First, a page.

By Jim Miller
If you believe your age has cost you in the workplace — whether it’s a job, a promotion or a raise — you have options for fighting back. Here’s what you should know along with some steps to take against this illegal workplace activity.
The Age Discrimination in Employment Act (ADEA) is your first defense against age discrimination. This is a federal law that says an employer cannot fire, refuse to hire or treat you differently than other employees because of your age. Some examples of age discrimination include:
• You were fired because your boss wanted to keep younger workers who are paid less.
• You were turned down for a promotion, which went to someone younger hired from outside the company, because the boss says the company “needs new blood.”
• When company layoffs are announced, most of the persons laid off were older, while younger workers with less seniority and less on-the-job experience were kept on.
• Before you were fired, your supervisor made age-related remarks about you.
• You didn’t get hired because the employer wanted a younger-looking person to do the job.
The ADEA protects all workers and job applicants age 40 and over who work for employers that have 20 or more employees. If your workplace has fewer than 20 employees, you may still be protected under your state’s anti-age discrimination law.
Steps to Take
If you think you are a victim of employment age discrimination, you may first want to talk to your supervisor informally or file a formal complaint with your company’s human resources department.
If that doesn’t resolve the problem, you should then file a charge with the Equal Employment Opportunity Commission (EEOC) within 180 days from the date of the alleged violation, but it may be extended to 300 days. You can do this online, by mail or in person at your nearest EEOC office (see EEOC.gov/field-office) or call 800-669-4000. They will help you through the filing process and let you know if you should also file a charge with your state anti-discrimination agency.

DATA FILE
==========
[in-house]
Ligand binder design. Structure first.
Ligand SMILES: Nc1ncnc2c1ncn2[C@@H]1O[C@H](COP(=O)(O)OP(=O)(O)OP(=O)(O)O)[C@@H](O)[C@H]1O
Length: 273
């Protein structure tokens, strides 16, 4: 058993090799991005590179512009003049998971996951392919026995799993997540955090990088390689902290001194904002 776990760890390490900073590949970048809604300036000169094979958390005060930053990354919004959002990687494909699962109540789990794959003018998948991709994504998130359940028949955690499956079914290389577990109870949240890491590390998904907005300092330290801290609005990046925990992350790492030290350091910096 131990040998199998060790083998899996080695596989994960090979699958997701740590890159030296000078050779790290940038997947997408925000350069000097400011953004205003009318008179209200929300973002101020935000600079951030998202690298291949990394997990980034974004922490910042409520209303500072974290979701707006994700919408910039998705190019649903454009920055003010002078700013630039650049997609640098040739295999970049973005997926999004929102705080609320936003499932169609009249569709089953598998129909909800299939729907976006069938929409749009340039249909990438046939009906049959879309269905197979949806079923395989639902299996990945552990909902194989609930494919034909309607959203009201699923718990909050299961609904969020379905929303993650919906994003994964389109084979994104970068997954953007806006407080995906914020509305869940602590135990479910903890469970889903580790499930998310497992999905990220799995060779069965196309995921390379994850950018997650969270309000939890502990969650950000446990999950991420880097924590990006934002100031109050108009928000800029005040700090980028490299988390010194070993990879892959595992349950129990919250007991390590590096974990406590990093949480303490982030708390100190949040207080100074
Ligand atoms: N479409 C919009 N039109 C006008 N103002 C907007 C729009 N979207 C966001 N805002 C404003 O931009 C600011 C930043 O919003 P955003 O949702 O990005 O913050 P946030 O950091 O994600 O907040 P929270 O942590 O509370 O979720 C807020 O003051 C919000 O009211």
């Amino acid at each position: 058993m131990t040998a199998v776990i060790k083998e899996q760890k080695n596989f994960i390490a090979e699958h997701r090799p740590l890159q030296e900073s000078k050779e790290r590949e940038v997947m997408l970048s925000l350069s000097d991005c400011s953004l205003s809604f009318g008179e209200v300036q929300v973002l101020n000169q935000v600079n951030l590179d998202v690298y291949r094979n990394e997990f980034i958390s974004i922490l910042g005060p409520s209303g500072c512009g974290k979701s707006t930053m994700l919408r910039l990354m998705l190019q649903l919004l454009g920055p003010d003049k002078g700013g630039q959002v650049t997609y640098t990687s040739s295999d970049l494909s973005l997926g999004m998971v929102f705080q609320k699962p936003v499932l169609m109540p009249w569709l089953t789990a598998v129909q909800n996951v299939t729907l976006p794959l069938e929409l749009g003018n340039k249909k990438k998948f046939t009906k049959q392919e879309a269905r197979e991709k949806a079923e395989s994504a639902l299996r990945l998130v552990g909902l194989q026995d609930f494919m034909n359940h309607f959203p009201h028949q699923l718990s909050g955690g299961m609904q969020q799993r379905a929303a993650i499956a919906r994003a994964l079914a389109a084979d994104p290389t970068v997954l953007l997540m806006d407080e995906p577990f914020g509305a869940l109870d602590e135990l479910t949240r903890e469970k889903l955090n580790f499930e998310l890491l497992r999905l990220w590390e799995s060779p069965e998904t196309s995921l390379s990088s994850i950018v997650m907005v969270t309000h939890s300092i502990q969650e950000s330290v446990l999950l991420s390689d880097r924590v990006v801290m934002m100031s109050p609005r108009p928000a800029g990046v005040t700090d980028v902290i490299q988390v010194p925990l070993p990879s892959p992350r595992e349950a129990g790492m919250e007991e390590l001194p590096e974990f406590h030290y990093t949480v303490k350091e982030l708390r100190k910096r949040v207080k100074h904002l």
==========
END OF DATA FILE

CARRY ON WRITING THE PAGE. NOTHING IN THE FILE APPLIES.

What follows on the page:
If you do file, be prepared to provide the names of potential witnesses, your notes about age-related comments and other episodes.
Once the charge is filed, the EEOC will investigate your complaint and find either reasonable cause to believe that age discrimination has occurred, or no cause and no basis for a claim. After the investigation, the EEOC will then send you their findings along with a “notice-of-right-to-sue,” which gives you permission to file a lawsuit in a court of law.
If you decide to sue, you’ll need to hire a lawyer who specializes in employee discharge suits. To find one, see the National Employment Lawyers Association at NELA.org, or your state bar association at FindLegalHelp.org.
Another option you may want to consider is mediation, which is a fair and efficient way to help you resolve your employment disputes and reach an agreement. The EEOC offers mediation at no cost if your current or former employer agrees to participate. At mediation, you show up with your evidence, your employer presents theirs and the mediator makes a determination within a day or less.